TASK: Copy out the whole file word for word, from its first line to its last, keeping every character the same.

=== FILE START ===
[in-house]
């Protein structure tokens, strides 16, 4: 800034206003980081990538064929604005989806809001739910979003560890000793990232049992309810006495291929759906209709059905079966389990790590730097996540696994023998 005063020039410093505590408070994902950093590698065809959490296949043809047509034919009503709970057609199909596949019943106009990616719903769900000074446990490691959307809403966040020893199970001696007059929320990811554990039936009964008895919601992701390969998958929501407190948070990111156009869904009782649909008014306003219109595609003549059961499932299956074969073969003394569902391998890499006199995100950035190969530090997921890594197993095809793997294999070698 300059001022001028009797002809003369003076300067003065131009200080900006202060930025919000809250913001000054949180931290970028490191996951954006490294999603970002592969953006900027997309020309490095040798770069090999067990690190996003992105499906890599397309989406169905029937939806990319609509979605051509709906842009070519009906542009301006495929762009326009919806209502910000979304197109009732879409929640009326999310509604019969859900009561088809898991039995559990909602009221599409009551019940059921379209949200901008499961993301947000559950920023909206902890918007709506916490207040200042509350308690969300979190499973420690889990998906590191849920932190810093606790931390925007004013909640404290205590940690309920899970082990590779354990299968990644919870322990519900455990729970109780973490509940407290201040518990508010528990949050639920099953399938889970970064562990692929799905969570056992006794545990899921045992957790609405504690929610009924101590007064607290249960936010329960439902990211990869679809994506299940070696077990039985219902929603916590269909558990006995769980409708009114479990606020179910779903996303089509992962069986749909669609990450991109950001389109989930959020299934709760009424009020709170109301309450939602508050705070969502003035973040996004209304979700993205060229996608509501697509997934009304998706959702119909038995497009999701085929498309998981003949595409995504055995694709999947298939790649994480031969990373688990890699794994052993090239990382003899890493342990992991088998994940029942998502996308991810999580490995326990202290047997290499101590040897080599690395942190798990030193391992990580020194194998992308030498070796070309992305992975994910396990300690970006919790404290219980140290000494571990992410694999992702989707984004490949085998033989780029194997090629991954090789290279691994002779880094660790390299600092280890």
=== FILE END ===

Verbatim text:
[in-house]
């Protein structure tokens, strides 16, 4: 800034206003980081990538064929604005989806809001739910979003560890000793990232049992309810006495291929759906209709059905079966389990790590730097996540696994023998 005063020039410093505590408070994902950093590698065809959490296949043809047509034919009503709970057609199909596949019943106009990616719903769900000074446990490691959307809403966040020893199970001696007059929320990811554990039936009964008895919601992701390969998958929501407190948070990111156009869904009782649909008014306003219109595609003549059961499932299956074969073969003394569902391998890499006199995100950035190969530090997921890594197993095809793997294999070698 300059001022001028009797002809003369003076300067003065131009200080900006202060930025919000809250913001000054949180931290970028490191996951954006490294999603970002592969953006900027997309020309490095040798770069090999067990690190996003992105499906890599397309989406169905029937939806990319609509979605051509709906842009070519009906542009301006495929762009326009919806209502910000979304197109009732879409929640009326999310509604019969859900009561088809898991039995559990909602009221599409009551019940059921379209949200901008499961993301947000559950920023909206902890918007709506916490207040200042509350308690969300979190499973420690889990998906590191849920932190810093606790931390925007004013909640404290205590940690309920899970082990590779354990299968990644919870322990519900455990729970109780973490509940407290201040518990508010528990949050639920099953399938889970970064562990692929799905969570056992006794545990899921045992957790609405504690929610009924101590007064607290249960936010329960439902990211990869679809994506299940070696077990039985219902929603916590269909558990006995769980409708009114479990606020179910779903996303089509992962069986749909669609990450991109950001389109989930959020299934709760009424009020709170109301309450939602508050705070969502003035973040996004209304979700993205060229996608509501697509997934009304998706959702119909038995497009999701085929498309998981003949595409995504055995694709999947298939790649994480031969990373688990890699794994052993090239990382003899890493342990992991088998994940029942998502996308991810999580490995326990202290047997290499101590040897080599690395942190798990030193391992990580020194194998992308030498070796070309992305992975994910396990300690970006919790404290219980140290000494571990992410694999992702989707984004490949085998033989780029194997090629991954090789290279691994002779880094660790390299600092280890």